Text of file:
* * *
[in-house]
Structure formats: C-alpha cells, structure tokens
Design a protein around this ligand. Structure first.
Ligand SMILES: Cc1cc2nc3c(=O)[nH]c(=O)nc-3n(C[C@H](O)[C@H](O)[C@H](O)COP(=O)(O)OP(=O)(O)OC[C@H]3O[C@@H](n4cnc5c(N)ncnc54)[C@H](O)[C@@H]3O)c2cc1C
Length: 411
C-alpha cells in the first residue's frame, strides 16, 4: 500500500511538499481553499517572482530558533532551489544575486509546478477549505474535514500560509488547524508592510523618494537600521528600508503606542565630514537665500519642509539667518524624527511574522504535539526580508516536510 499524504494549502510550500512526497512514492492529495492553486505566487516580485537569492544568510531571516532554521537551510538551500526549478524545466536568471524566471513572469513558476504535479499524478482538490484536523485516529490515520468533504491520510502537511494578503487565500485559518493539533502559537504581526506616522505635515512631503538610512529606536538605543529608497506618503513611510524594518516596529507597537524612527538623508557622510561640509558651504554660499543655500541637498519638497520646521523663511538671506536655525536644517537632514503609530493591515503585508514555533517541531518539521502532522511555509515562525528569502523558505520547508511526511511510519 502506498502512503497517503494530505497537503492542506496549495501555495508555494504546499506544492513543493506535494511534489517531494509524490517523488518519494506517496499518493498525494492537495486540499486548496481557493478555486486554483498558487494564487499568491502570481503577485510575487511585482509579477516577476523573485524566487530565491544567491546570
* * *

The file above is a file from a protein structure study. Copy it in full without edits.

[in-house]
Structure formats: C-alpha cells, structure tokens
Design a protein around this ligand. Structure first.
Ligand SMILES: Cc1cc2nc3c(=O)[nH]c(=O)nc-3n(C[C@H](O)[C@H](O)[C@H](O)COP(=O)(O)OP(=O)(O)OC[C@H]3O[C@@H](n4cnc5c(N)ncnc54)[C@H](O)[C@@H]3O)c2cc1C
Length: 411
C-alpha cells in the first residue's frame, strides 16, 4: 500500500511538499481553499517572482530558533532551489544575486509546478477549505474535514500560509488547524508592510523618494537600521528600508503606542565630514537665500519642509539667518524624527511574522504535539526580508516536510 499524504494549502510550500512526497512514492492529495492553486505566487516580485537569492544568510531571516532554521537551510538551500526549478524545466536568471524566471513572469513558476504535479499524478482538490484536523485516529490515520468533504491520510502537511494578503487565500485559518493539533502559537504581526506616522505635515512631503538610512529606536538605543529608497506618503513611510524594518516596529507597537524612527538623508557622510561640509558651504554660499543655500541637498519638497520646521523663511538671506536655525536644517537632514503609530493591515503585508514555533517541531518539521502532522511555509515562525528569502523558505520547508511526511511510519 502506498502512503497517503494530505497537503492542506496549495501555495508555494504546499506544492513543493506535494511534489517531494509524490517523488518519494506517496499518493498525494492537495486540499486548496481557493478555486486554483498558487494564487499568491502570481503577485510575487511585482509579477516577476523573485524566487530565491544567491546570